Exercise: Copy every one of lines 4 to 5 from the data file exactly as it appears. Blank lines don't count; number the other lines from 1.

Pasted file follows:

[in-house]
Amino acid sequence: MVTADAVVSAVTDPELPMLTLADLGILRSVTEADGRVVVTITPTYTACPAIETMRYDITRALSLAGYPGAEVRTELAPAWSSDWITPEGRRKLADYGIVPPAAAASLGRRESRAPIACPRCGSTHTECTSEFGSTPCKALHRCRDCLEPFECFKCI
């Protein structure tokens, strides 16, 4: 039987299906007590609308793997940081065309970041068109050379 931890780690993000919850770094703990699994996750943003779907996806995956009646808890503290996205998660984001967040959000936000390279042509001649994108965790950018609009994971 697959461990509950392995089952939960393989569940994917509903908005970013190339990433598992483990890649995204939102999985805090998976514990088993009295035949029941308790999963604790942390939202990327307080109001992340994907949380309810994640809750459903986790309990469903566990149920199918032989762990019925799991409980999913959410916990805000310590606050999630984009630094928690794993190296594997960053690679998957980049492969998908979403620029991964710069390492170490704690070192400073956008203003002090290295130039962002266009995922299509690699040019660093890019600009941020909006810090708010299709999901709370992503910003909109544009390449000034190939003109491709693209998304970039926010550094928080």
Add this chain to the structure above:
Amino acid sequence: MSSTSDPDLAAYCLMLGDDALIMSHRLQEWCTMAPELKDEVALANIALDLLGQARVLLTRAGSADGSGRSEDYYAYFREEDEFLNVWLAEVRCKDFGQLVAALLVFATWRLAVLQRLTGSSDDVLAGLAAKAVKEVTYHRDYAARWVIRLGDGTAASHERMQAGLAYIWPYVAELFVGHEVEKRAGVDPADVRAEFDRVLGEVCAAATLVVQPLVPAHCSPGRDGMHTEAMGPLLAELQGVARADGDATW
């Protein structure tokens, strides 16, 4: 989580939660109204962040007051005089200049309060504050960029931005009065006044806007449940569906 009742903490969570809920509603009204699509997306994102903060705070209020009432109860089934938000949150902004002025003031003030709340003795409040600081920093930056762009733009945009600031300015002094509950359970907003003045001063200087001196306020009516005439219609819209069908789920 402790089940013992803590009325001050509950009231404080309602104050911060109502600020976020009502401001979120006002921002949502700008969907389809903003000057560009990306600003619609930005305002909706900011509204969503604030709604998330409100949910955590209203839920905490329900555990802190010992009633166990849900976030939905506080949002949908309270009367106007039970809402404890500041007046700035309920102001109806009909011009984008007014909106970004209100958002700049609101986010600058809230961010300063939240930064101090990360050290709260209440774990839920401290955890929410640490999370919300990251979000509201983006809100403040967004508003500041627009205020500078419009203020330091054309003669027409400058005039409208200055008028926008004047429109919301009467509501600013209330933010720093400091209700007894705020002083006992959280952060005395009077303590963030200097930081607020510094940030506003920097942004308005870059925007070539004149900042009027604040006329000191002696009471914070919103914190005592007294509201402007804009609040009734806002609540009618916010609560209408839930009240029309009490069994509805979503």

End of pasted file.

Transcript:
Add this chain to the structure above:
Amino acid sequence: MSSTSDPDLAAYCLMLGDDALIMSHRLQEWCTMAPELKDEVALANIALDLLGQARVLLTRAGSADGSGRSEDYYAYFREEDEFLNVWLAEVRCKDFGQLVAALLVFATWRLAVLQRLTGSSDDVLAGLAAKAVKEVTYHRDYAARWVIRLGDGTAASHERMQAGLAYIWPYVAELFVGHEVEKRAGVDPADVRAEFDRVLGEVCAAATLVVQPLVPAHCSPGRDGMHTEAMGPLLAELQGVARADGDATW